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About the Writing Center

Mission

Assessing Goals

Policy for Tutoring Sessions

Frequently Asked Questions

Personnel

Writing Center Dissertations

Our Mission

Since its establishment in 1971 by Prof. Lorrie J. Bright, known then as the Composition Clinic, the IUP Writing Center’s mission has been to help students become better and more self-sufficient writers. To accomplish this goal, Writing Center tutors offer one-on-one tutoring and group workshops. The Writing Center also provides consultations with faculty members and online resources.

The Writing Center is based on a peer-tutoring model of instruction. Trained tutors in the Writing Center are best able to help students who already possess the basic skills they need to earn passing grades in their writing classes. To remediate serious writing problems, we recommend students enroll in a semester-long writing course.

Tutors must limit the amount of time they can devote to requests for multiple sessions or those involving long papers, theses, or dissertations. Graduate students should work with graduate tutors. Students who have special instructional needs should convey their needs to their tutor, keeping in mind that tutors are not trained to work with special needs.

The Writing Center director works with faculty members to ensure that the center supports and complements the curriculum. The director is also responsible for keeping the center technologically current and involved in research and professional organizations related to Writing Center work at the regional and national levels.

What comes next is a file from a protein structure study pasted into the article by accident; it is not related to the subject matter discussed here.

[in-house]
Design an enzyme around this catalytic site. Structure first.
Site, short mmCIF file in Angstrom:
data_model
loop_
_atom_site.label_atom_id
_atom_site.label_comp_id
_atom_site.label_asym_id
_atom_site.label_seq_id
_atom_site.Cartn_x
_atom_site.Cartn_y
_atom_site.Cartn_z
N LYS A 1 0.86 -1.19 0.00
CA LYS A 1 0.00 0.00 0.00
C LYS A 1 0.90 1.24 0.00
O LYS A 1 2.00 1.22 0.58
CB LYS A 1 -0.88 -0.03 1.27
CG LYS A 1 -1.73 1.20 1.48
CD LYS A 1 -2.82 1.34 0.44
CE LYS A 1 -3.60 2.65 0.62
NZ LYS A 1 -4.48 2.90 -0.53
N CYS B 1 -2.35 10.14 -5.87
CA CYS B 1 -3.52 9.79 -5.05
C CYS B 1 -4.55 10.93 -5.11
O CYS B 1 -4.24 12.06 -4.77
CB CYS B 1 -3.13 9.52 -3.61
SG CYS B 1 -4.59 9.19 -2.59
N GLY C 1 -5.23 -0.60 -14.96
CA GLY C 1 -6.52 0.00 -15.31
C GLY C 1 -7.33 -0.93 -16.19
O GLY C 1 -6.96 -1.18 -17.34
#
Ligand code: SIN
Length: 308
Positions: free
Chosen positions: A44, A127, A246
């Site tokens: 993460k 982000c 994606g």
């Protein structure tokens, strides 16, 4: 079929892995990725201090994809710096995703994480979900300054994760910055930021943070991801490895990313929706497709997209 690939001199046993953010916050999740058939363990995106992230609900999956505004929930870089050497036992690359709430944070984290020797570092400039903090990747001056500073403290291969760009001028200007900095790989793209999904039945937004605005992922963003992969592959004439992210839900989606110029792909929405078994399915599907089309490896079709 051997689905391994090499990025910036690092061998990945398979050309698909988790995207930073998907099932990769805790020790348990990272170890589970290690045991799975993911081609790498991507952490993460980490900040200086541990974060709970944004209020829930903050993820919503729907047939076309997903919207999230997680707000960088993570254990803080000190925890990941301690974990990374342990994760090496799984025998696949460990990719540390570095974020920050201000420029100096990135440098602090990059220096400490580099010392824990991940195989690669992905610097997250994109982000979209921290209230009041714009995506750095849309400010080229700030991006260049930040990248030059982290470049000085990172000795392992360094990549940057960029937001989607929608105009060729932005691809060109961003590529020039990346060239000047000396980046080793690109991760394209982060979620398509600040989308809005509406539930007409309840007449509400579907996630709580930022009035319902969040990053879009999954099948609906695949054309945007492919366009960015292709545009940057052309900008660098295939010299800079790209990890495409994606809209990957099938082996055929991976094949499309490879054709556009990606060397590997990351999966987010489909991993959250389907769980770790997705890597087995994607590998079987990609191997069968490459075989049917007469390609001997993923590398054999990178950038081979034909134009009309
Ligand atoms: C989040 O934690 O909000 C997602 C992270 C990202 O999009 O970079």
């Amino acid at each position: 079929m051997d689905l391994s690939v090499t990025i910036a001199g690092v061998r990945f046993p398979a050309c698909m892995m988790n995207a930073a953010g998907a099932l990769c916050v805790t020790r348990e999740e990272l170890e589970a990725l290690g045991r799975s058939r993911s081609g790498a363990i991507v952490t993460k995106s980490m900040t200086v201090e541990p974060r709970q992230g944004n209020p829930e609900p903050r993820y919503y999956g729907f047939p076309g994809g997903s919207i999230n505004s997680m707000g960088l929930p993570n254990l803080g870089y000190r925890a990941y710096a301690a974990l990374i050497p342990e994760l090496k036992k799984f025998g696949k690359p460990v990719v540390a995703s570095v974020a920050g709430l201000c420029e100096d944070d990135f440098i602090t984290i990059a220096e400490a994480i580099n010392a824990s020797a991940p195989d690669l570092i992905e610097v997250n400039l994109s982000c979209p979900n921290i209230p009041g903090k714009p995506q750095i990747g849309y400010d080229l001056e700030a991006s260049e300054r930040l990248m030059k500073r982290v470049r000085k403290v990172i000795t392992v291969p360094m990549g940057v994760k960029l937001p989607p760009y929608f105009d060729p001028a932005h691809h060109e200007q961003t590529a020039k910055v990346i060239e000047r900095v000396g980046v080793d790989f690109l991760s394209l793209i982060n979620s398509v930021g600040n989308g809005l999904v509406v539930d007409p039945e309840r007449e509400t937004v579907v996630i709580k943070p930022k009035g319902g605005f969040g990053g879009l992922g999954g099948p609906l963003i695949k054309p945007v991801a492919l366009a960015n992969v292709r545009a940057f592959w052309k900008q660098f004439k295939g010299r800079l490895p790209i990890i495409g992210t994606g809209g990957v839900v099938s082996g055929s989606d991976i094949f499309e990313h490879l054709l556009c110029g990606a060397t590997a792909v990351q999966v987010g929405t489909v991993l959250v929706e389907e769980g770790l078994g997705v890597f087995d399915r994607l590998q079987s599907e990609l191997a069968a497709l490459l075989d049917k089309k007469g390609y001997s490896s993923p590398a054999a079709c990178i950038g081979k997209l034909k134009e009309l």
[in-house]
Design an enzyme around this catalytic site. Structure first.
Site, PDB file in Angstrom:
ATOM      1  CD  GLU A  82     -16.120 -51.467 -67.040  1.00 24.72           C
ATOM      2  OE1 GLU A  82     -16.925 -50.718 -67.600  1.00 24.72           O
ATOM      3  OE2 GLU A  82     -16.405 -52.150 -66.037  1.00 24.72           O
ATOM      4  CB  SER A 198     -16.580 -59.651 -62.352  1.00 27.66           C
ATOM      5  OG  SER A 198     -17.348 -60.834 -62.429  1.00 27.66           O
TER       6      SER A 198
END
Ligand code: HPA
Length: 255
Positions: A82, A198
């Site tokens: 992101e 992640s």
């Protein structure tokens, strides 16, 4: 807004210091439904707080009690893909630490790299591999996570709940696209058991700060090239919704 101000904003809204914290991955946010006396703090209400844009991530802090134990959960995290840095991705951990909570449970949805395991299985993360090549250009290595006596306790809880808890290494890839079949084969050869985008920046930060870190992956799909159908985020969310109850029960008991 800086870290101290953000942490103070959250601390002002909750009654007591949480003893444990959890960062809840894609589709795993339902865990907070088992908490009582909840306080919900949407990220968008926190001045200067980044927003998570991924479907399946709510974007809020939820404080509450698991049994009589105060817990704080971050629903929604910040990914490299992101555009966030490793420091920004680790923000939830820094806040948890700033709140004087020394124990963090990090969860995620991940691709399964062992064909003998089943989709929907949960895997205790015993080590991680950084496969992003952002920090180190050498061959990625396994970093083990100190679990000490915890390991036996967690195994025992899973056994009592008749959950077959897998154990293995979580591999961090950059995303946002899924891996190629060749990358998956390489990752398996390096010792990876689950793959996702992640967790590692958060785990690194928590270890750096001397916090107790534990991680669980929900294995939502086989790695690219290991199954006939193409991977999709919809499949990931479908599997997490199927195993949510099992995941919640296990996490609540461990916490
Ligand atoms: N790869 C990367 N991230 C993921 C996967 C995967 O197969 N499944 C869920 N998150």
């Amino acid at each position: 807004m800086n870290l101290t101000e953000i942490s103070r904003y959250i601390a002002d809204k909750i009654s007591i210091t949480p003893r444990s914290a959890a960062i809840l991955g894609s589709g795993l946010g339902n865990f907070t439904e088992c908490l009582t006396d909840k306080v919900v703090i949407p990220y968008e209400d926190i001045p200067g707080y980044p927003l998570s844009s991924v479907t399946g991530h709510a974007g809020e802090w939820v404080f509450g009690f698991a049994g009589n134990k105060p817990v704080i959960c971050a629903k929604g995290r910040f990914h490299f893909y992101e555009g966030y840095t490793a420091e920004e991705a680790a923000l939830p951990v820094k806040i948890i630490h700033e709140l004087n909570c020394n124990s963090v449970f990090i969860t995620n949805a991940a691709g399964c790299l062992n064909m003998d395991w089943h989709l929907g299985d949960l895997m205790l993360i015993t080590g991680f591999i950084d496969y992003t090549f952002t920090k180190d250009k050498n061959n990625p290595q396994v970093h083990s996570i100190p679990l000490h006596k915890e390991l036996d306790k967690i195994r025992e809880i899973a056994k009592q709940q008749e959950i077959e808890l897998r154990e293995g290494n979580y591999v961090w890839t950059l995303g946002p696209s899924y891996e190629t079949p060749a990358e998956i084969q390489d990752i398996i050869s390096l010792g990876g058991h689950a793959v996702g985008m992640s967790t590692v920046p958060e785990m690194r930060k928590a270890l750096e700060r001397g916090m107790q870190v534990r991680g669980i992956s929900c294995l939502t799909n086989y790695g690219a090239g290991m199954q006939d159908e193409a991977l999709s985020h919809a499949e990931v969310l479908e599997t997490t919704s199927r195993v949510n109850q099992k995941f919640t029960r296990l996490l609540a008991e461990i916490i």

Other goals of the Writing Center include: (1) Developing the center’s website resources to help writers working online; (2) Helping students and faculty to use the center for research in composition; (3) Helping undergraduate and graduate tutors to develop professionally; and (4) Providing help to students to find and document sources for their writing, to compose scholarship applications and goal statements, and to write résumés and cover letters.

Assessing Goals

To achieve the primary goal of helping students with their writing, the Writing Center director hires, trains, and supervises undergraduate and graduate students to be tutors and workshop leaders. To assess this goal, the director collects feedback directly from all students who visit the center, from their instructors and from the tutors.

The Writing Center is supported by the College of Humanities and Social Sciences and is open to all university students. It is directed by a faculty member in the English Department.

Policy for Tutoring Sessions

We operate on a walk-in as well as an appointment basis. In general, we try our best to provide one 30- to 45-minute tutoring session per day to each IUP student. When we are busy, we try to hold sessions to 30 minutes and ask that students not sign up for more than three sessions per week.

When we are not busy (no one is waiting), tutors will use their discretion. The tutor may allow the session to run longer (up to an hour) and we may also be able to accommodate a second session. The decision to extend a session is up to the tutor.